NEW ORLEANS (LA)
Justia [Mountain View CA]
November 22, 2023
By Kathryn Robb
While reading about the recent 71st Red Mass at the St. Louis Cathedral in Louisiana, I noticed six of the seven Louisiana Supreme Court Justices standing in the first pew, which struck me as inappropriate, or as my parochial Latin class taught me, improprius, or improper. And then there was this, “The Louisiana Supreme Court Justices and I attend Red Mass for the divine blessing of wisdom, understanding, counsel, and discernment in decision-making relative to the administration of laws and justice for those we serve,” said Louisiana Supreme Court Chief Justice John L. Weimer.
A blessing in “decision-making.”
Unless they punt the issue again, these six justices will soon deliberate on the constitutionality of legislation passed by the Louisiana legislature in 2021. That legislation seeks to remedy the very worst type of injustice – claims by victims of child sexual abuse. And, most notably here, legislation that Archbishop Gregory Aymond—the person before whom those six justices kneel at this mass—hopes they decide in the Church’s favor.
Red is the universal signal for danger. Whether it be stop signs, traffic signals, rear brake lights, or fire alarms, warning signals are, universally, in red. Without diving too deep into a scientific explanation, it has to do with the length of red light waves and their ability to reach greater distances. More on this and its curious irony in a minute.
I considered the obvious conflict of interest and appearance of impropriety, especially considering the cases before them. I asked myself another question: why red? I attended a private Catholic school for twelve years, so I had some guesses. In the 1300s, the justices of the English Supreme Court wore scarlet robes, as did many clergy members. A theological meaning also emerged. It represented the “tongues of fire” of the holy spirit (although at my school, they referred to this spirit as the holy ghost, a term which always concerned me and my fellow students at St. Mary’s in Long Island, New York).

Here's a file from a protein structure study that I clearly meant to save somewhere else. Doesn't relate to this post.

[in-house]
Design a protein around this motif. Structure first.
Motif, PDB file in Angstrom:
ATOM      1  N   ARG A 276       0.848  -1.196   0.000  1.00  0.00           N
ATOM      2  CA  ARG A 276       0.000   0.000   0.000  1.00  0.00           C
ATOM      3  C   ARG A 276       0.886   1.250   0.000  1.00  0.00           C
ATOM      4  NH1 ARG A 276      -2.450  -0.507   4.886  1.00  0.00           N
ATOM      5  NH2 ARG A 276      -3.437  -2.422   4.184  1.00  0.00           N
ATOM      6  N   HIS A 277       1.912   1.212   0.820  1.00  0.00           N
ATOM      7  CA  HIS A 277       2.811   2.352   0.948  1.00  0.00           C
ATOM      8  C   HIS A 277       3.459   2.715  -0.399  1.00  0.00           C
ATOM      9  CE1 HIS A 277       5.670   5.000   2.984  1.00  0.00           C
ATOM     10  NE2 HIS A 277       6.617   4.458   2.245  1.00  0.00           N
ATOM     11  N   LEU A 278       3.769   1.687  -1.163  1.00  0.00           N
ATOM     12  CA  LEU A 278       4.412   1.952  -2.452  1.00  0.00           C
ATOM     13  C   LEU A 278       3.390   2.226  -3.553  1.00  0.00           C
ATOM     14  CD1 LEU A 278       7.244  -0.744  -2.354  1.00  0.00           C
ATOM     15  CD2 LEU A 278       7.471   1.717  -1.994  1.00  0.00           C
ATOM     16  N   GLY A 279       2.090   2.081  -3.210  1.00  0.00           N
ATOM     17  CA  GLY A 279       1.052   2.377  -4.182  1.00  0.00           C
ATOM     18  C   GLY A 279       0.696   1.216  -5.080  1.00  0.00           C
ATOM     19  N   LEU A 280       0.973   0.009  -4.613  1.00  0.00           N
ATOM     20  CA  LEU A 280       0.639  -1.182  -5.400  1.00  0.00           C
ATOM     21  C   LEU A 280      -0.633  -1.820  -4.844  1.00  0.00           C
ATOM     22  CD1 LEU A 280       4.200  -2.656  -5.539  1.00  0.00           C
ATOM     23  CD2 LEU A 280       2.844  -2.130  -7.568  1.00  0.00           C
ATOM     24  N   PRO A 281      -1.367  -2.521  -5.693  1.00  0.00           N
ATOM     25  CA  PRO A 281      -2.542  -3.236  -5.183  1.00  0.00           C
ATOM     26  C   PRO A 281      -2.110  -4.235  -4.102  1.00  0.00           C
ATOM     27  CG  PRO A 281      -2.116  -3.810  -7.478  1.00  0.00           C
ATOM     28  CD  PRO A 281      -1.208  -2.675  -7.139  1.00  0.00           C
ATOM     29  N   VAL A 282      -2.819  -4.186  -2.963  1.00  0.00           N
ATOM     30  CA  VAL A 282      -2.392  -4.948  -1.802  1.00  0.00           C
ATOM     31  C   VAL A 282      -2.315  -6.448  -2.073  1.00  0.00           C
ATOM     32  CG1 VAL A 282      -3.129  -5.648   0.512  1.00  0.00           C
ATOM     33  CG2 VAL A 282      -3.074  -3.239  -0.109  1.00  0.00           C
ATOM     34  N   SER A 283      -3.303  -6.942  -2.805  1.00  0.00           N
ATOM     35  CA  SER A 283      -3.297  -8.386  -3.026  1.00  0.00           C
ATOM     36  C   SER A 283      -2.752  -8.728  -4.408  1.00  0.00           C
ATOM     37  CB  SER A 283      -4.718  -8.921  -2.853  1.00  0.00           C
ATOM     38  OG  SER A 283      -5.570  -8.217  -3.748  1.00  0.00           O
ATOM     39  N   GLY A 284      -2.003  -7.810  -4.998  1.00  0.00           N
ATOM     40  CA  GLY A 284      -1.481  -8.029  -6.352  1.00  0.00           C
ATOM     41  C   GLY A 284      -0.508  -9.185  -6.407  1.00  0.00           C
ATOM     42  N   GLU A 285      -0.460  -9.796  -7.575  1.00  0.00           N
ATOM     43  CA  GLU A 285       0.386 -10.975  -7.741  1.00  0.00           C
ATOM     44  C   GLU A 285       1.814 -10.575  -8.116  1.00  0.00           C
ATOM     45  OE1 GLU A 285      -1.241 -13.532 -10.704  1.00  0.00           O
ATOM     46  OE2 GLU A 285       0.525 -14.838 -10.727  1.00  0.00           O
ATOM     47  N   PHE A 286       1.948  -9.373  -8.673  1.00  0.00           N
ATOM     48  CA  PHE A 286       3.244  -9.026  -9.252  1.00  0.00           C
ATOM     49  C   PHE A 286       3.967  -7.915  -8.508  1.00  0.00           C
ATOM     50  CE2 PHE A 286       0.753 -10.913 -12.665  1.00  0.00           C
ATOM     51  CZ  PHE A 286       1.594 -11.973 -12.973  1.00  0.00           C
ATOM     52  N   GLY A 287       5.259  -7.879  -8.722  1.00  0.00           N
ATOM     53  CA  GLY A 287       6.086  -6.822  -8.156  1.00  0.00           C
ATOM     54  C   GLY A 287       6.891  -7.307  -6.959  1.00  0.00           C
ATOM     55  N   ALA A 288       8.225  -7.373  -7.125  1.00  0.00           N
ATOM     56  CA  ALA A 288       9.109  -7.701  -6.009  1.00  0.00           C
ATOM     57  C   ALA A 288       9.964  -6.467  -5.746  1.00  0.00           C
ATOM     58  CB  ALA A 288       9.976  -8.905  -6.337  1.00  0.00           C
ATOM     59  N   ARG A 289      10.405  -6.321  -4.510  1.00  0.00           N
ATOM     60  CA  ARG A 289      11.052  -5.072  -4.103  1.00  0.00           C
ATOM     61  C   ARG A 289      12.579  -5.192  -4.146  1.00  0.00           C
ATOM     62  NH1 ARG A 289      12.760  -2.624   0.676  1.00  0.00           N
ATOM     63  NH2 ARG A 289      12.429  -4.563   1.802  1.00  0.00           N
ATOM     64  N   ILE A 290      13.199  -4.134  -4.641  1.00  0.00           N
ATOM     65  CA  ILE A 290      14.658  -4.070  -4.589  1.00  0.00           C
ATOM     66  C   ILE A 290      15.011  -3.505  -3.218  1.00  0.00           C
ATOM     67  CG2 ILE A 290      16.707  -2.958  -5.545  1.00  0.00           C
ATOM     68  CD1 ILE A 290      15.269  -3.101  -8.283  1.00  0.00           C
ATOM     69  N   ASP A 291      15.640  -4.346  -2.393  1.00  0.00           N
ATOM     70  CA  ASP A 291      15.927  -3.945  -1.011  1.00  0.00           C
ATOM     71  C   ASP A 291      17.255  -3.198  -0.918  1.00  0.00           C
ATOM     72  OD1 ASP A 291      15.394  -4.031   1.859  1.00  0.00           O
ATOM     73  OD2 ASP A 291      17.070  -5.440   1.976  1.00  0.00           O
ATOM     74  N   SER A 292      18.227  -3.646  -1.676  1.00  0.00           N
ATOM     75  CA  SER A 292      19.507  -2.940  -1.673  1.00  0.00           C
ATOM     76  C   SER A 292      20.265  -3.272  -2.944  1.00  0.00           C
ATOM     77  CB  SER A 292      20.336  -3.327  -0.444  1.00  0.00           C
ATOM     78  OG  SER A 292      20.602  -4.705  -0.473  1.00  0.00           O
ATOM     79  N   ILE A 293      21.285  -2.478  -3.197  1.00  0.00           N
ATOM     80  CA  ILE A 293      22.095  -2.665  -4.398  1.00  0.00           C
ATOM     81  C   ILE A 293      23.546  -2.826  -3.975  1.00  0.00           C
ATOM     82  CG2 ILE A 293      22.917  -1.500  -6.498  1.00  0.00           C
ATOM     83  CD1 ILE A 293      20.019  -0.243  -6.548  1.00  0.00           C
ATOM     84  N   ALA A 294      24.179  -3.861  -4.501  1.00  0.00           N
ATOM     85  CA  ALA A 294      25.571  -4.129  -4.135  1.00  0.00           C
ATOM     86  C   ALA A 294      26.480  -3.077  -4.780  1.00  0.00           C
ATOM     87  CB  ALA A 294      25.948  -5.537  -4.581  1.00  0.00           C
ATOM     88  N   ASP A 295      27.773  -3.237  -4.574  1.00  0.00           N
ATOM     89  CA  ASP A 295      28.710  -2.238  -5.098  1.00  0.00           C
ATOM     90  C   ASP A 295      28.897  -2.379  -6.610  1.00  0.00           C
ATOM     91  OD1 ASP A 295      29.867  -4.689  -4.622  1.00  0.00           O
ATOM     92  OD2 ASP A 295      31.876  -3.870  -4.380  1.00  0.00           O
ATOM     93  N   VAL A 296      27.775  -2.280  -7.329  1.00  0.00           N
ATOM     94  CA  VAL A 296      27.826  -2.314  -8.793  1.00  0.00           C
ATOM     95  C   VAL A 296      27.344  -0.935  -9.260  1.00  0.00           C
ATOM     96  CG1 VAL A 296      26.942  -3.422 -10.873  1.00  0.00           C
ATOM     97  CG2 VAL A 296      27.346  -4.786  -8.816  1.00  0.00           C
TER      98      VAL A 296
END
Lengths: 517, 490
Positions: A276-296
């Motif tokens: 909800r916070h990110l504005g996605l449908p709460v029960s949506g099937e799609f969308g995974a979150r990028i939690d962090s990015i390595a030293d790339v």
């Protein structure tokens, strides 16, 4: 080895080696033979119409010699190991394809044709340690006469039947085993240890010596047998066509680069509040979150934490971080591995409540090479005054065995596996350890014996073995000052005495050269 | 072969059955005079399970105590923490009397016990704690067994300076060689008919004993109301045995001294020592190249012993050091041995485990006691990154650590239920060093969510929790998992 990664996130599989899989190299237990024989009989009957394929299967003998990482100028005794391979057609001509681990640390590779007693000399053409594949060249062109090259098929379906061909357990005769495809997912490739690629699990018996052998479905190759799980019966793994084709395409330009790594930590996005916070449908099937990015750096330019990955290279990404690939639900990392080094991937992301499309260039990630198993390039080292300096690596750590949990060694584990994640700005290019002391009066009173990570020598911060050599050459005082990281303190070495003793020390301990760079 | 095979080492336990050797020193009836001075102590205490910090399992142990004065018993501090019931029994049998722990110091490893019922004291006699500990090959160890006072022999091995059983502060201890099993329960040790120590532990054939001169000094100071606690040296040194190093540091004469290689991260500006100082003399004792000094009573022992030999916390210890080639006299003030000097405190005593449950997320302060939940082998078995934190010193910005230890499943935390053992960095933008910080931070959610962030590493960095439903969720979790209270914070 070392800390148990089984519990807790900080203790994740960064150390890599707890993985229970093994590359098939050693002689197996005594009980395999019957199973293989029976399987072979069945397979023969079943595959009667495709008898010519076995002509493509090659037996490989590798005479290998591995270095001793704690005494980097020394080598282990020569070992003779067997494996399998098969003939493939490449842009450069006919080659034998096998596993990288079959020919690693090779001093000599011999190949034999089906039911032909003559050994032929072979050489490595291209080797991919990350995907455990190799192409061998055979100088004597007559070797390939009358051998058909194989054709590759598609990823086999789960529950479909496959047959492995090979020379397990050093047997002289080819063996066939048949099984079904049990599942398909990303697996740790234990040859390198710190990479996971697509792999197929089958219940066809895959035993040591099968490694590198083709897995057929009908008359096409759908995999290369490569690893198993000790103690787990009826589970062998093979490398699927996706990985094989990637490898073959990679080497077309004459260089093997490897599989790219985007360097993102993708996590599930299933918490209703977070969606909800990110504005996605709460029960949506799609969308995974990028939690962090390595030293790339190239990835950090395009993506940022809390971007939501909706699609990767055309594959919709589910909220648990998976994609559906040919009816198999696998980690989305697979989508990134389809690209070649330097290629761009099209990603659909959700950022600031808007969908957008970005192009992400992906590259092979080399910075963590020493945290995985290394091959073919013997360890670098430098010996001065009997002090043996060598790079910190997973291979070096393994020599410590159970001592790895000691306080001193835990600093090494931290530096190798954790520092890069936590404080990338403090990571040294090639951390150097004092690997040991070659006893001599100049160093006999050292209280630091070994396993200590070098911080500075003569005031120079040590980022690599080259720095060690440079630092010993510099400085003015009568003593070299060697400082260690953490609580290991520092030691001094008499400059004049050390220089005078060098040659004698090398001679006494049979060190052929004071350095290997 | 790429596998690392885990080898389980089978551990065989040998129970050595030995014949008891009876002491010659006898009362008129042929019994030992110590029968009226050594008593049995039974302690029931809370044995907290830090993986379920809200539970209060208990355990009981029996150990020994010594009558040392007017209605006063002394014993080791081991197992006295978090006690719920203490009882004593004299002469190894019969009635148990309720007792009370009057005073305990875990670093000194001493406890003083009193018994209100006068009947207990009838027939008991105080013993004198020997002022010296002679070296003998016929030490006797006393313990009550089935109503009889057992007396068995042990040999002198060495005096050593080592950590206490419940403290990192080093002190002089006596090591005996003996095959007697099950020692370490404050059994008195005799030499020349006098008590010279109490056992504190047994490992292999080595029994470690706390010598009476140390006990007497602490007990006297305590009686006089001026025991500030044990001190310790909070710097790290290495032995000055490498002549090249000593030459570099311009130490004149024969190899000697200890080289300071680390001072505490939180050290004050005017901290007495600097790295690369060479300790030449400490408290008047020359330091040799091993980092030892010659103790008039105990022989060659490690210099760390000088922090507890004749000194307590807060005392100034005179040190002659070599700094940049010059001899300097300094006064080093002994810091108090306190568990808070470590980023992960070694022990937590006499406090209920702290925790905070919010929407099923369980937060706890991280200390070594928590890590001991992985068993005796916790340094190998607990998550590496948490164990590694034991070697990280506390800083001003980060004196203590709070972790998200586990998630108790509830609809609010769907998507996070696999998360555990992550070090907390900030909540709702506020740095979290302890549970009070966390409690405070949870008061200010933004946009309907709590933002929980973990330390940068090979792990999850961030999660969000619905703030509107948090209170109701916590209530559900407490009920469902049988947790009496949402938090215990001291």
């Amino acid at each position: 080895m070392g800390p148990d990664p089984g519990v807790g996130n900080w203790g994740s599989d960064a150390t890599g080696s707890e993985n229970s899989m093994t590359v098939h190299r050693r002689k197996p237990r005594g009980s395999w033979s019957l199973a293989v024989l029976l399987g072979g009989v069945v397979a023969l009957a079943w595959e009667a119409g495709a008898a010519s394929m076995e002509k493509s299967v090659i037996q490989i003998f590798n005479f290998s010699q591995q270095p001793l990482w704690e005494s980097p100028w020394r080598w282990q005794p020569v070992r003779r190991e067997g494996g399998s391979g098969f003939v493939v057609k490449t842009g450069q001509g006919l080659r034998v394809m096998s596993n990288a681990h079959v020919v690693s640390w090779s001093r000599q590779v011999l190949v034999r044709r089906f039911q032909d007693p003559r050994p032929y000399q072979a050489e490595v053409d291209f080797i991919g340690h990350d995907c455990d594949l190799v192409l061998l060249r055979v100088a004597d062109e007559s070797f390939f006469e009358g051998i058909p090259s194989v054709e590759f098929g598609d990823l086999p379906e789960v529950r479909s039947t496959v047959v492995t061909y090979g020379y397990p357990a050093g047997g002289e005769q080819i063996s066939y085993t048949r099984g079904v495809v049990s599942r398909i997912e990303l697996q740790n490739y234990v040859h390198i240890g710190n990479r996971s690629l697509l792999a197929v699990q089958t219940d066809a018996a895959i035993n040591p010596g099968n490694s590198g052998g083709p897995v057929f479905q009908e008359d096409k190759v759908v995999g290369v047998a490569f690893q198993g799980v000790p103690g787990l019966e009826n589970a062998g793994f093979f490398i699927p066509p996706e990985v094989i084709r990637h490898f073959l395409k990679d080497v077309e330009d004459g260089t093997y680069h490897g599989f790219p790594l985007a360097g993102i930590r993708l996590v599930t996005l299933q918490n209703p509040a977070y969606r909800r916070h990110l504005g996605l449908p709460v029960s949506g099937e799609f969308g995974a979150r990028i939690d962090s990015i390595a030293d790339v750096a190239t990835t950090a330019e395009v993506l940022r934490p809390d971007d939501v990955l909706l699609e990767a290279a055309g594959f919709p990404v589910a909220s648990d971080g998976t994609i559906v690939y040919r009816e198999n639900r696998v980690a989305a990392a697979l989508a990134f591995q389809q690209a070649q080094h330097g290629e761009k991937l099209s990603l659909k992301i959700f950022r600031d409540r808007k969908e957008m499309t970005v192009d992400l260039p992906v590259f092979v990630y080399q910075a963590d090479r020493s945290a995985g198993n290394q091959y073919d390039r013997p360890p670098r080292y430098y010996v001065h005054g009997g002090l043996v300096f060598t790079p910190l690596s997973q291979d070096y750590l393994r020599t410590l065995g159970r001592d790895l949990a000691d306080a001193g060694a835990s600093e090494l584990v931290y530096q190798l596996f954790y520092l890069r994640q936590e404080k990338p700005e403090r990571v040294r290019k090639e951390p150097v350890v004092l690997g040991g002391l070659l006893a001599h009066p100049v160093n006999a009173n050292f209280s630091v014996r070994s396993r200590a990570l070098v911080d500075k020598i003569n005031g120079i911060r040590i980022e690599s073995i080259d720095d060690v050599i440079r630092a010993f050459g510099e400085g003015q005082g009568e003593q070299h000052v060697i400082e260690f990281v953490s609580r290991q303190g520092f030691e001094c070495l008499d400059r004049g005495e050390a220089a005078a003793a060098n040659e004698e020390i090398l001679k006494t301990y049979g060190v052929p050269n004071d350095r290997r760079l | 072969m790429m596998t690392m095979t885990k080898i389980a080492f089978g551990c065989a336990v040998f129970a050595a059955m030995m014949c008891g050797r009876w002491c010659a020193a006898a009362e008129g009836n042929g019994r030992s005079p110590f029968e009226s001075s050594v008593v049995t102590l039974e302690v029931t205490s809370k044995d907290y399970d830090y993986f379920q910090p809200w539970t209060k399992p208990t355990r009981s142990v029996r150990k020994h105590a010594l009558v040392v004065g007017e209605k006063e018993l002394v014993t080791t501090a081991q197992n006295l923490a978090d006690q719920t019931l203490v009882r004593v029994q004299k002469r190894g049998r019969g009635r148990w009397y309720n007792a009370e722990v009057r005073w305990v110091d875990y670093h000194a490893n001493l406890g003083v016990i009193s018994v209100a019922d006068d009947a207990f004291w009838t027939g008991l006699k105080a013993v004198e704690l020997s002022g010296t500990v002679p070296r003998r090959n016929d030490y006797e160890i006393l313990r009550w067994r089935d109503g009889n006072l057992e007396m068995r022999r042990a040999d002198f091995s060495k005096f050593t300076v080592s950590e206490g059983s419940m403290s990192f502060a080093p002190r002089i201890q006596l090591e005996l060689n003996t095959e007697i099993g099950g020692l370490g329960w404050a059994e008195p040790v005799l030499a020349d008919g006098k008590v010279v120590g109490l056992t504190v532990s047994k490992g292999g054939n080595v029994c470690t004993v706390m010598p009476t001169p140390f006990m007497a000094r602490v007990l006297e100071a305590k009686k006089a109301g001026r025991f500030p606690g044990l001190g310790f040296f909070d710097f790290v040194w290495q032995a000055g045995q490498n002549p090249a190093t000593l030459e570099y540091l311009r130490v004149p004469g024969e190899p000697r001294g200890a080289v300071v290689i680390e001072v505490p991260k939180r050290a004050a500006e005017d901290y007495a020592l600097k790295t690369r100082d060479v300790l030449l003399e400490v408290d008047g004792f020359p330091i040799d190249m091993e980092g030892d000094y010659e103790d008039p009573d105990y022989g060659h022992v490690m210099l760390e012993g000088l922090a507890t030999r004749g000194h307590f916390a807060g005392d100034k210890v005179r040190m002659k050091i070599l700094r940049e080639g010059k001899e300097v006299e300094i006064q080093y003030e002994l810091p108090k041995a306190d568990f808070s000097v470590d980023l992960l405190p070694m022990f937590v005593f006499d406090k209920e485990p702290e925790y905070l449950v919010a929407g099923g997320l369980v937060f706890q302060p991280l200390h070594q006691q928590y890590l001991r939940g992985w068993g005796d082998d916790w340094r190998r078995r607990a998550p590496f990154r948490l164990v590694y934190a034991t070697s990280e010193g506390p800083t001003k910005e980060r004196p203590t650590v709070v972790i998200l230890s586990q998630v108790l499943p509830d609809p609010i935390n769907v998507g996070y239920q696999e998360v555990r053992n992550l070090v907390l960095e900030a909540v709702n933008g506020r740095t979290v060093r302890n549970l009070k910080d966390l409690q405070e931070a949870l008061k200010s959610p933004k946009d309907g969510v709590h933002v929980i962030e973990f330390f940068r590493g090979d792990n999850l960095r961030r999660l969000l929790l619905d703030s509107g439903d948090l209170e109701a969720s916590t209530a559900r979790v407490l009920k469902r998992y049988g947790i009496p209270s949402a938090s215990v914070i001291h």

Imagine, if you will, the many survivors of child sexual abuse inviting the state supreme court justices to their prayer group for child sexual abuse victims. The attorneys for the New Orleans archdiocese would have sprinted to court requesting immediate recusal, a TRO, and attorney’s fees.
Public distrust and ethical concerns about the United States Supreme Court are at a record high. The red flags about the undisclosed financial transactions of Justice Clarence Thomas with Republican billionaire Harlan Crow are raising eyebrows and a call for ethical standards and rules. A recent Pew Research Center survey has the High Court’s favorability at an abysmal 44%, less than half of all Americans. Yet, the biblical worldview Speaker Mike Johnson does not want to pass ethics rules and a code of conduct for our highest court—he represents yet another inappropriate and dangerous mix of religion, law, and politics. James Madison surely saw flashing red lights when drafting the First Amendment and the prohibition against any state-established religion within the Bill of Rights.
Last week, the United States Supreme Court finally issued a Code of Conduct; although lacking the teeth of true accountability, it does frown upon outside influence, much like the Code of Judicial Conduct in Louisiana. Canon 2 reads: “A Justice Should Avoid Impropriety and the Appearance of Impropriety in ALL activities.” Section B holds, “A judge shall not lend the prestige of judicial office to advance the private interest of the judge or others; nor shall a judge convey or permit others to convey the impression that they are in a special position to influence the judge.” “Others” would, and certainly should, include Bishop Aymond of the New Orleans Archdiocese, who was seen shaking hands with Chief Justice John L. Weimer before the Red Mass began.
The Red Mass emanates a flashing red light, traveling through a dense fog of uncontested church history, blurring the boundary lines of church and state. A time-worn tradition does not legitimize its pontifical practice. The light beams reach far beyond their rightful place, jeopardizing the honor of our system of separation of powers and the purpose of checks and balances. Some argue that the justices, judges, and legislative leaders are attending in their private capacity rather than as representatives of the court or legislature. Nonsense. If the justices seek guidance for the upcoming court session and attend in their state-issued, taxpayer-purchased robes, they are clearly in attendance as a governmental agent.
Let’s call it what it is—soft lobbying disguised as prayer.
And for that, the Red Mass should elicit concern and a warning to all of us, Catholics and non-Catholics alike—as the color red often does.